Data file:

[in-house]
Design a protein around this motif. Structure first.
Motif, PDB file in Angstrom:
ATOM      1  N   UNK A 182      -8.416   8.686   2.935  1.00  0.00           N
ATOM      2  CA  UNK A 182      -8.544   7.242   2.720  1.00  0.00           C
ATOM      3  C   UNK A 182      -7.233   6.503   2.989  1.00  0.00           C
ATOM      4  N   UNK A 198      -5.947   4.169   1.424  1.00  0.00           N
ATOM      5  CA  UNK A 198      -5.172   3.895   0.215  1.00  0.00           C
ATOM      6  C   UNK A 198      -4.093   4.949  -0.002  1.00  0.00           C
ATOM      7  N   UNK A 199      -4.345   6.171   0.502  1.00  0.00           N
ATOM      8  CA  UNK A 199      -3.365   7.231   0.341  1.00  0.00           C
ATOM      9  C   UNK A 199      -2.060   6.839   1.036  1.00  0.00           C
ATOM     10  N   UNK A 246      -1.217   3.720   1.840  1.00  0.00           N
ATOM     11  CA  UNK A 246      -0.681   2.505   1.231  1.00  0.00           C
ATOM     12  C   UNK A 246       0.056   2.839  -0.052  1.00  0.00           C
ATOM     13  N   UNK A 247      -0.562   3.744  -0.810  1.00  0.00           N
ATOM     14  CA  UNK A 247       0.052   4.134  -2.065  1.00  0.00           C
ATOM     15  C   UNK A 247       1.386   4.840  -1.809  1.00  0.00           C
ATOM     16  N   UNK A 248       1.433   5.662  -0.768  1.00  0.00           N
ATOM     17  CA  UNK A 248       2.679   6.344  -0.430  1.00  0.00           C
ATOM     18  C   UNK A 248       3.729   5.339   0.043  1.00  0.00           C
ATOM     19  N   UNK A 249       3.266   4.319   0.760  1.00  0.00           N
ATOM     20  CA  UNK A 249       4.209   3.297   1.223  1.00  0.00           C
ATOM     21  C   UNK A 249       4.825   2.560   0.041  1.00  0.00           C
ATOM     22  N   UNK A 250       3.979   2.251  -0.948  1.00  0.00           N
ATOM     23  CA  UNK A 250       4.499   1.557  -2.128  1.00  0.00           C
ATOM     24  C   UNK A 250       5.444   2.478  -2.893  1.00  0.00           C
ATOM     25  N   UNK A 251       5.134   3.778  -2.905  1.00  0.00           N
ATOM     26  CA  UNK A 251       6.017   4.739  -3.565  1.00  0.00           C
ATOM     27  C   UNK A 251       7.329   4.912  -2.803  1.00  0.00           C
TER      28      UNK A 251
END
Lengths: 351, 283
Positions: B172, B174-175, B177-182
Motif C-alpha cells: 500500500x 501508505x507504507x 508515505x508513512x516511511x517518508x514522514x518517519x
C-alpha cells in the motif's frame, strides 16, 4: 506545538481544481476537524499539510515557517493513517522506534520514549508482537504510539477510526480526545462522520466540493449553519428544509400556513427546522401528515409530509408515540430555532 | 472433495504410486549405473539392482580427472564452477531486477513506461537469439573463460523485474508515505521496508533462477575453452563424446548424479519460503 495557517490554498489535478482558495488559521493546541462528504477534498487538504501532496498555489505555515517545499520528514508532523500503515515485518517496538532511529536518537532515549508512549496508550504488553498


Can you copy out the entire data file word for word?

[in-house]
Design a protein around this motif. Structure first.
Motif, PDB file in Angstrom:
ATOM      1  N   UNK A 182      -8.416   8.686   2.935  1.00  0.00           N
ATOM      2  CA  UNK A 182      -8.544   7.242   2.720  1.00  0.00           C
ATOM      3  C   UNK A 182      -7.233   6.503   2.989  1.00  0.00           C
ATOM      4  N   UNK A 198      -5.947   4.169   1.424  1.00  0.00           N
ATOM      5  CA  UNK A 198      -5.172   3.895   0.215  1.00  0.00           C
ATOM      6  C   UNK A 198      -4.093   4.949  -0.002  1.00  0.00           C
ATOM      7  N   UNK A 199      -4.345   6.171   0.502  1.00  0.00           N
ATOM      8  CA  UNK A 199      -3.365   7.231   0.341  1.00  0.00           C
ATOM      9  C   UNK A 199      -2.060   6.839   1.036  1.00  0.00           C
ATOM     10  N   UNK A 246      -1.217   3.720   1.840  1.00  0.00           N
ATOM     11  CA  UNK A 246      -0.681   2.505   1.231  1.00  0.00           C
ATOM     12  C   UNK A 246       0.056   2.839  -0.052  1.00  0.00           C
ATOM     13  N   UNK A 247      -0.562   3.744  -0.810  1.00  0.00           N
ATOM     14  CA  UNK A 247       0.052   4.134  -2.065  1.00  0.00           C
ATOM     15  C   UNK A 247       1.386   4.840  -1.809  1.00  0.00           C
ATOM     16  N   UNK A 248       1.433   5.662  -0.768  1.00  0.00           N
ATOM     17  CA  UNK A 248       2.679   6.344  -0.430  1.00  0.00           C
ATOM     18  C   UNK A 248       3.729   5.339   0.043  1.00  0.00           C
ATOM     19  N   UNK A 249       3.266   4.319   0.760  1.00  0.00           N
ATOM     20  CA  UNK A 249       4.209   3.297   1.223  1.00  0.00           C
ATOM     21  C   UNK A 249       4.825   2.560   0.041  1.00  0.00           C
ATOM     22  N   UNK A 250       3.979   2.251  -0.948  1.00  0.00           N
ATOM     23  CA  UNK A 250       4.499   1.557  -2.128  1.00  0.00           C
ATOM     24  C   UNK A 250       5.444   2.478  -2.893  1.00  0.00           C
ATOM     25  N   UNK A 251       5.134   3.778  -2.905  1.00  0.00           N
ATOM     26  CA  UNK A 251       6.017   4.739  -3.565  1.00  0.00           C
ATOM     27  C   UNK A 251       7.329   4.912  -2.803  1.00  0.00           C
TER      28      UNK A 251
END
Lengths: 351, 283
Positions: B172, B174-175, B177-182
Motif C-alpha cells: 500500500x 501508505x507504507x 508515505x508513512x516511511x517518508x514522514x518517519x
C-alpha cells in the motif's frame, strides 16, 4: 506545538481544481476537524499539510515557517493513517522506534520514549508482537504510539477510526480526545462522520466540493449553519428544509400556513427546522401528515409530509408515540430555532 | 472433495504410486549405473539392482580427472564452477531486477513506461537469439573463460523485474508515505521496508533462477575453452563424446548424479519460503 495557517490554498489535478482558495488559521493546541462528504477534498487538504501532496498555489505555515517545499520528514508532523500503515515485518517496538532511529536518537532515549508512549496508550504488553498